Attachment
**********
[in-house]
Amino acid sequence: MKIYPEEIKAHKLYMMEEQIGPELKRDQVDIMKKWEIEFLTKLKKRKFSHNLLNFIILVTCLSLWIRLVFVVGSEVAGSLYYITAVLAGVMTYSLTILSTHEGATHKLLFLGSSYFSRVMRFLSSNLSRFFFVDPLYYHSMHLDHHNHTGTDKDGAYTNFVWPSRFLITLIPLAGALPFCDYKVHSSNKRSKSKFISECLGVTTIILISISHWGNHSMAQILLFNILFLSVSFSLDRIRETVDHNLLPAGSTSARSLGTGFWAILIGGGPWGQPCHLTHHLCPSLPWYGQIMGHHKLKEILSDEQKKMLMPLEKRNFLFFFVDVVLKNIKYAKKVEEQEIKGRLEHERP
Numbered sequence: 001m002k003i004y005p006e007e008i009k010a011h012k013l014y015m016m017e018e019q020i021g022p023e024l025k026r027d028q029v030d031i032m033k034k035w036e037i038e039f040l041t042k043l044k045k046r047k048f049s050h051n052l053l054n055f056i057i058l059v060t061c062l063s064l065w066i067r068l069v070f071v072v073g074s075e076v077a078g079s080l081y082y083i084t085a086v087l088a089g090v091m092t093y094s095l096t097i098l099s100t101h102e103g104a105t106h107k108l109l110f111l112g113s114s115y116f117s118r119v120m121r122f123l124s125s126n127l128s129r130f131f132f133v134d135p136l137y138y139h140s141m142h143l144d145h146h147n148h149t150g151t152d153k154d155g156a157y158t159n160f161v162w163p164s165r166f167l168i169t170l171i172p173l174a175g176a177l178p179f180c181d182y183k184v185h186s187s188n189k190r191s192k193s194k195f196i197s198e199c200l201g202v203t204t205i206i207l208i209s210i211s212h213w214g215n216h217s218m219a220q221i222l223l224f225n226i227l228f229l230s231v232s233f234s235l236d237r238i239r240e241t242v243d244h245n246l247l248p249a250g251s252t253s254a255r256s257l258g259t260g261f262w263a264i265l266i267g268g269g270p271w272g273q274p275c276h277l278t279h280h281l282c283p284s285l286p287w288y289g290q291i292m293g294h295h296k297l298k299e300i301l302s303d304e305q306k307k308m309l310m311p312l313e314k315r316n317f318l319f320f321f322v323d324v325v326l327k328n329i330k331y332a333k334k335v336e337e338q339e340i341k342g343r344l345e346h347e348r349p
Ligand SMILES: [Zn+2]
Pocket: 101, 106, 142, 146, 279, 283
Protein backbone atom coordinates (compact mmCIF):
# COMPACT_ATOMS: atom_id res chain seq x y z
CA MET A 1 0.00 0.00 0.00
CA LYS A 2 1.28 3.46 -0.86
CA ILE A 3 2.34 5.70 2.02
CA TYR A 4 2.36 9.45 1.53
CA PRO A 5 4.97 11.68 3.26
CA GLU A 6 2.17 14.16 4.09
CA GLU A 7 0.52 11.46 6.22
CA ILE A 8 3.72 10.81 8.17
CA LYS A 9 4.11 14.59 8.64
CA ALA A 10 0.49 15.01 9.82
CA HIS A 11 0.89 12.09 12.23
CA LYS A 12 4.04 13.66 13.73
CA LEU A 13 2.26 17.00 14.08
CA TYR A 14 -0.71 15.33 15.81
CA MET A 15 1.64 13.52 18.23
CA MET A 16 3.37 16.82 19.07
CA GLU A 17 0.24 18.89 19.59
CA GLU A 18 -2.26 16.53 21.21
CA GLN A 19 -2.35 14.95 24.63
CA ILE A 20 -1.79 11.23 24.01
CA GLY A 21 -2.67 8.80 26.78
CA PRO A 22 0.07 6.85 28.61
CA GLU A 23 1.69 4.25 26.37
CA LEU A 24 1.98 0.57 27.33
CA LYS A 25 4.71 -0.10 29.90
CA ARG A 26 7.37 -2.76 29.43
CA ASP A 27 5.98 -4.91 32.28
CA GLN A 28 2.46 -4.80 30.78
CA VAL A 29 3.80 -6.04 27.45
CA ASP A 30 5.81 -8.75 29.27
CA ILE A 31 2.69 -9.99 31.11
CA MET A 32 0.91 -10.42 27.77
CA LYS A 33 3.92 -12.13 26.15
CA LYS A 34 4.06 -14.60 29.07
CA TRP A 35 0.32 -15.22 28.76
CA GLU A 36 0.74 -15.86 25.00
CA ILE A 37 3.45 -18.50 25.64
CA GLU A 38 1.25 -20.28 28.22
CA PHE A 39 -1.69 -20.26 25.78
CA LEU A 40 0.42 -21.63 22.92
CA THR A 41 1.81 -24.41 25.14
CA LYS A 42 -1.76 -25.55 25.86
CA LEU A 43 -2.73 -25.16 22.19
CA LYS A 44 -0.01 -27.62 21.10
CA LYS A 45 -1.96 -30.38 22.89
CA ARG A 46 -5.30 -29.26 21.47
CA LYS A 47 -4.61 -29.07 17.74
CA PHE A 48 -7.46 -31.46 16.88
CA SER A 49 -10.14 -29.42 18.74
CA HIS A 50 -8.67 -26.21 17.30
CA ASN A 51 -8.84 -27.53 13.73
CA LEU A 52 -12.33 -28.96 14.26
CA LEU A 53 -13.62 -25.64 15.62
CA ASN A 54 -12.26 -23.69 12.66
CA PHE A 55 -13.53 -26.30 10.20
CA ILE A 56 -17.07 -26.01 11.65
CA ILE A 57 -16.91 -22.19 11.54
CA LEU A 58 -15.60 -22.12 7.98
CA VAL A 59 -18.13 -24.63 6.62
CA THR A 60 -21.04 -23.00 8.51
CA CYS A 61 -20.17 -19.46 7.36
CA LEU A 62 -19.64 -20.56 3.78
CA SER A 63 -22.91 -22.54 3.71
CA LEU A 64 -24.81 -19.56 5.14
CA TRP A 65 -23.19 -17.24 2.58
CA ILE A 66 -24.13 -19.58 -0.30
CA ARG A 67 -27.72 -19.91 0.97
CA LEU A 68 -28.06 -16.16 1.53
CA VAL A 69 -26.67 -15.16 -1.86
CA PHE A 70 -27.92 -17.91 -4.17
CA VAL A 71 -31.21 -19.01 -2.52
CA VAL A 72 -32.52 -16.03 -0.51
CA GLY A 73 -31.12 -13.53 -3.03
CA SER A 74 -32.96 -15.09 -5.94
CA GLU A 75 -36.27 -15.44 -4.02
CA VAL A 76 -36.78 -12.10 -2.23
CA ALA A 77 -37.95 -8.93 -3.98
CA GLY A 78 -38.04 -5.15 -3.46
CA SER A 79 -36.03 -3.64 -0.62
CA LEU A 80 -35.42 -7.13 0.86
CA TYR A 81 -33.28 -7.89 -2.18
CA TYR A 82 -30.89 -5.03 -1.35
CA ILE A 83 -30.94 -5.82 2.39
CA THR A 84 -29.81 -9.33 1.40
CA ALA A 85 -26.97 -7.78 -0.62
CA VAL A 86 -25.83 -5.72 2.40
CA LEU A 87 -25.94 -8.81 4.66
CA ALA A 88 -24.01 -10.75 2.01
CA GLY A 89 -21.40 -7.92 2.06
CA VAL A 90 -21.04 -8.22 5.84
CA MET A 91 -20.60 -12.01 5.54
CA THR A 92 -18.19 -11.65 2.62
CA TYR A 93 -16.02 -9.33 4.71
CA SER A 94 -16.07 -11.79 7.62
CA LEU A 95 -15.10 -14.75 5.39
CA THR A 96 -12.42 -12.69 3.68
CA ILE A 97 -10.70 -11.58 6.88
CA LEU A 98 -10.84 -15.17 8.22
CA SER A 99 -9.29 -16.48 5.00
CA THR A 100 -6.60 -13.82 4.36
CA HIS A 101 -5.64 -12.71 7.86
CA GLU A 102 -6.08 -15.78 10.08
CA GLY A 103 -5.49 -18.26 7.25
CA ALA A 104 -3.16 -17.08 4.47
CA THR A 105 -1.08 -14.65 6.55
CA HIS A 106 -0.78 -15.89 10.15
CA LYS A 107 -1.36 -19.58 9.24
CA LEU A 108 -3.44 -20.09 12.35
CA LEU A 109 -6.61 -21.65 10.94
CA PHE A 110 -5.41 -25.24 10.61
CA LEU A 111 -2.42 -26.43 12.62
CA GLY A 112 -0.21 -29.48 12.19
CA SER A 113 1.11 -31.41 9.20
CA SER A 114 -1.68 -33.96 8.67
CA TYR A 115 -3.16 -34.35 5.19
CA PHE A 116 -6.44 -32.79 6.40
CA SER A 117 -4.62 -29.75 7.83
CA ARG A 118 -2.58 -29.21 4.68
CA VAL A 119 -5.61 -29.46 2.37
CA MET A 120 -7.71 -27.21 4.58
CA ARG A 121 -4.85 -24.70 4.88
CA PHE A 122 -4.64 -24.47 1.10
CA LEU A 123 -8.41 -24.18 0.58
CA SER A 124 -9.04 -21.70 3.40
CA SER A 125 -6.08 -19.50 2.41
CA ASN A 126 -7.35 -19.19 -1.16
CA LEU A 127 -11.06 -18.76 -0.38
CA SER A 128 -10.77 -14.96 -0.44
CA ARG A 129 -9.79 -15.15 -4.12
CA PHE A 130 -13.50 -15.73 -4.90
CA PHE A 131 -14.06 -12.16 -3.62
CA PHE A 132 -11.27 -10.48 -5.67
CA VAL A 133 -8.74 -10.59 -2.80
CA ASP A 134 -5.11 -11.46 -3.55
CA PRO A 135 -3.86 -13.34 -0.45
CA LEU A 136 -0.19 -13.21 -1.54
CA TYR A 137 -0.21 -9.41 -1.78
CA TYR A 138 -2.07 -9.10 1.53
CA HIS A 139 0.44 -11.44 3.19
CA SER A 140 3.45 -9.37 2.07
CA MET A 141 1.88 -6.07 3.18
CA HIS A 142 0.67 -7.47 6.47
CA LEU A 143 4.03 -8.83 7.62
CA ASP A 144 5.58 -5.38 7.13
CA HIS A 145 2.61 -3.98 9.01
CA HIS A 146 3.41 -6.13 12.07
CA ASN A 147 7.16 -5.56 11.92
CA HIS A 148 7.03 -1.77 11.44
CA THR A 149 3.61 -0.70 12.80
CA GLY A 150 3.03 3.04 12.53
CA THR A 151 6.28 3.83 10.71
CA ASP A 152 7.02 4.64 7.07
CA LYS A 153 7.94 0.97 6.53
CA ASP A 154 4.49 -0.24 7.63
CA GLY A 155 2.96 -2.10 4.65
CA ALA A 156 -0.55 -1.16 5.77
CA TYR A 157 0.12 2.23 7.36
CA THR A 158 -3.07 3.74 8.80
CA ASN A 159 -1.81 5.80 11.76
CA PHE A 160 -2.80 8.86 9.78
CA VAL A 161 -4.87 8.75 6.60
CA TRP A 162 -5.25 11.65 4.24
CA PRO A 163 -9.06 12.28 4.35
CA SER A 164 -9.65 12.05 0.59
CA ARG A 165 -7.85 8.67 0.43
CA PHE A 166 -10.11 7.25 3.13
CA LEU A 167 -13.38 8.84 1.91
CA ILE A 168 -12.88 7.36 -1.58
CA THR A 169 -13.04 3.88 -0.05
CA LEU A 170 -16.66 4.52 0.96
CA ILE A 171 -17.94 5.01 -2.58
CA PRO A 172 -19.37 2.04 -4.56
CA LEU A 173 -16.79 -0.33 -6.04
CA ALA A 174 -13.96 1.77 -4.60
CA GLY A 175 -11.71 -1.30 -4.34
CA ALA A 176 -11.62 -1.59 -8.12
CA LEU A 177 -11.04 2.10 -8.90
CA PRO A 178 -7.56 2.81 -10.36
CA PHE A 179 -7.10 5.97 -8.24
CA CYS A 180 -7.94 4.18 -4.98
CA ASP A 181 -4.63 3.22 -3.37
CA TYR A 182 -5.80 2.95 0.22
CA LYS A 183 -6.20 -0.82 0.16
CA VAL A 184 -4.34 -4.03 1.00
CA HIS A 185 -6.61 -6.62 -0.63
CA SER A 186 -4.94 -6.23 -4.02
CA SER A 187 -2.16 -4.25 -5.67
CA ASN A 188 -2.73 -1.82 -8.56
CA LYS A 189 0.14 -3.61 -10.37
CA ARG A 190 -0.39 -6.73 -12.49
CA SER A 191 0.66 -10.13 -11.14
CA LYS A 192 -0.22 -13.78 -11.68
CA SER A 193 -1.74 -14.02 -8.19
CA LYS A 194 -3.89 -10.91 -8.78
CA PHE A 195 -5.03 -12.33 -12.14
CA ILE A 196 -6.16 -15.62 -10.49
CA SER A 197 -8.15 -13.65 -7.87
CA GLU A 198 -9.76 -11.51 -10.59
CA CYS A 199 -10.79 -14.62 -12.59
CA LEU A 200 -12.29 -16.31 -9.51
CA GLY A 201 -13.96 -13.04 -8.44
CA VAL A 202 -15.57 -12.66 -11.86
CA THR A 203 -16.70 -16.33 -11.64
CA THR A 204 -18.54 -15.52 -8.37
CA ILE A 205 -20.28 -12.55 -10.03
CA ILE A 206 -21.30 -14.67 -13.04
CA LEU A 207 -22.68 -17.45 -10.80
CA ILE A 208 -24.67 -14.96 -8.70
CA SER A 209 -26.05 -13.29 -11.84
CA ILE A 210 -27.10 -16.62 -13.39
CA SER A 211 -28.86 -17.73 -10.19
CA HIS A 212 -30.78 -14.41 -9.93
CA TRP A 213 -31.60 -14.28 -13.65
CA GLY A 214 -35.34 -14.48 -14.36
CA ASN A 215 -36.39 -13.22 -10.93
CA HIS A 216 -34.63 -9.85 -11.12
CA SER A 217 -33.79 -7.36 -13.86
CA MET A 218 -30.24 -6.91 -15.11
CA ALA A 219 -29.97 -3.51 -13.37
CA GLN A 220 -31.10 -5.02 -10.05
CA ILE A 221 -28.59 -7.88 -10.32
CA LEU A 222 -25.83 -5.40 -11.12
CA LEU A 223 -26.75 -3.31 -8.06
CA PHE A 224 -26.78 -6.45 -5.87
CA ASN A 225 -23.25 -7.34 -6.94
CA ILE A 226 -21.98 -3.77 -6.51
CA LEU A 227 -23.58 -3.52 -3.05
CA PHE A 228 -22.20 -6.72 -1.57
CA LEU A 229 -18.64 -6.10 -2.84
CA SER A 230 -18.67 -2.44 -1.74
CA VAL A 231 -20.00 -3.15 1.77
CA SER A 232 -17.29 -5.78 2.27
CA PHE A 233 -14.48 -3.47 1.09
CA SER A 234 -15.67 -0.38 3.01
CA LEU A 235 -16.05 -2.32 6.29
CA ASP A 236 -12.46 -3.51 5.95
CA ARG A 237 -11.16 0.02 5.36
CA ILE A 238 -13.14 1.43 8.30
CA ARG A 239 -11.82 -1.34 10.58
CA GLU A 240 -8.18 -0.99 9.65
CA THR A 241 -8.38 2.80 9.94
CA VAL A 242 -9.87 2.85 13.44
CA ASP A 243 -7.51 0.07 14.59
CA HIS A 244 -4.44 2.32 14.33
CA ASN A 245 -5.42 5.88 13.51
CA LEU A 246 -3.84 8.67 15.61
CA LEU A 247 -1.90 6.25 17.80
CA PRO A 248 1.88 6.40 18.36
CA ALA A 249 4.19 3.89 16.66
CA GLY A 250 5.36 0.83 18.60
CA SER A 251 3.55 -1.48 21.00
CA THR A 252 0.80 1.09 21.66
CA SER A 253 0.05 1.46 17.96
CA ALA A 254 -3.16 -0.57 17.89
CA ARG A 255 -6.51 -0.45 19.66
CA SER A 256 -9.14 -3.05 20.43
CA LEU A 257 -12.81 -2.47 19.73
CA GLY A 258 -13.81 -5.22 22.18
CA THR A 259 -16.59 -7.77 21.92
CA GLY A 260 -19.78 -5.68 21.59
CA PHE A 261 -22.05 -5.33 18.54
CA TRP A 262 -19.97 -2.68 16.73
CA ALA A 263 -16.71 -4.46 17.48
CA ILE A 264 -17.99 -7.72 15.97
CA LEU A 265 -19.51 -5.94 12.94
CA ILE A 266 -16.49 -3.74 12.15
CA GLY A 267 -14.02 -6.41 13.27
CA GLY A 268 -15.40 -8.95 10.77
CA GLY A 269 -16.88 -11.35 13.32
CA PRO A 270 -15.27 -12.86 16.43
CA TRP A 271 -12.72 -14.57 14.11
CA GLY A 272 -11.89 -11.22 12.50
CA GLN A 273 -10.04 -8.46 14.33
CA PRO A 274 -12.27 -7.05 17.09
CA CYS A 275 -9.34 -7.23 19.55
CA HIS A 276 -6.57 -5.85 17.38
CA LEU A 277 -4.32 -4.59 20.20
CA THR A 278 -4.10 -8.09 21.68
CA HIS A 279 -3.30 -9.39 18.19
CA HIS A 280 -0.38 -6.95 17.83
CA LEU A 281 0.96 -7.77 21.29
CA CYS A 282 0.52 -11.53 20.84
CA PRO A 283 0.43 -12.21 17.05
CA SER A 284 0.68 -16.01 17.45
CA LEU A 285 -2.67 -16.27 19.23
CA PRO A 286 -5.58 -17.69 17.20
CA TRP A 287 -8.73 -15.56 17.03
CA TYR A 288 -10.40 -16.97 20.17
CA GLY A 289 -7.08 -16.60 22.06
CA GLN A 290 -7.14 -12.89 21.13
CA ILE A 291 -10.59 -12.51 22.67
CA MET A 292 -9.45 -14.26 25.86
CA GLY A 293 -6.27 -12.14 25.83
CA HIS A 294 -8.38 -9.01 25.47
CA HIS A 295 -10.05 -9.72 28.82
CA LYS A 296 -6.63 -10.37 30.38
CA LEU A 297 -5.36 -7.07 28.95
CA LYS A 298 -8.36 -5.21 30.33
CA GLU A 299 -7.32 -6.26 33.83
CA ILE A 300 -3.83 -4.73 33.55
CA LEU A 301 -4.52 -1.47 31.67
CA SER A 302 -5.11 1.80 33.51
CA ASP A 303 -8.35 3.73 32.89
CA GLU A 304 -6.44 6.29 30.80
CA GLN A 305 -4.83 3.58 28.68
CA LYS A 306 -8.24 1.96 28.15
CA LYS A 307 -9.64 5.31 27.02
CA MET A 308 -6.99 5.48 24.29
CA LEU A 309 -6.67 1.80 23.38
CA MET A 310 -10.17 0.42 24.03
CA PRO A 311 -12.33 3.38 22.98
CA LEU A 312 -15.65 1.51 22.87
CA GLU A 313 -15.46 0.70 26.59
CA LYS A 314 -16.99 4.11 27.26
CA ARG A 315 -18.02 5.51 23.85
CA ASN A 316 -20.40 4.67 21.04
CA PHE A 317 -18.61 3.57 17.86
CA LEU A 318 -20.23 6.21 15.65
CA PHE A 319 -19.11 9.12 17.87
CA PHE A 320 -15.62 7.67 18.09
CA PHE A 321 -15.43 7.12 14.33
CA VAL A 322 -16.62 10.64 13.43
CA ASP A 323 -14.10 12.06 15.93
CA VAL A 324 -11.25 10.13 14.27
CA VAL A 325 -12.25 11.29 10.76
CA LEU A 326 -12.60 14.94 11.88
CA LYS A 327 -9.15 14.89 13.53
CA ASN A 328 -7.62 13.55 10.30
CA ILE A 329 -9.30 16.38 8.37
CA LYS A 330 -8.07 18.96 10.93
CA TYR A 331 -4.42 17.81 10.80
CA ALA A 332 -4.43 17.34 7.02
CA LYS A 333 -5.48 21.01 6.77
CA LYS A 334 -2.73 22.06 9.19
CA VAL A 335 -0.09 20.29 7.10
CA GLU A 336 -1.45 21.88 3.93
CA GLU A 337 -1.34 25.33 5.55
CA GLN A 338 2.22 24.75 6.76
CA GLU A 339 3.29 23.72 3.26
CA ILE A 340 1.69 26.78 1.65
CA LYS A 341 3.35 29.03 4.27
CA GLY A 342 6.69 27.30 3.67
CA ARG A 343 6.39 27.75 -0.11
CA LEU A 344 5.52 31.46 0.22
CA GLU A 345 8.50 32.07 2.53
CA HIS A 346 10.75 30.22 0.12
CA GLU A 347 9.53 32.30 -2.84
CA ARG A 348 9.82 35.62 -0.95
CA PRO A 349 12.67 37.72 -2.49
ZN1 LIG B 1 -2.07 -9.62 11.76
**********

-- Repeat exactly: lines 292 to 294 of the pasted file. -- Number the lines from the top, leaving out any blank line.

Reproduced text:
CA LEU A 285 -2.67 -16.27 19.23
CA PRO A 286 -5.58 -17.69 17.20
CA TRP A 287 -8.73 -15.56 17.03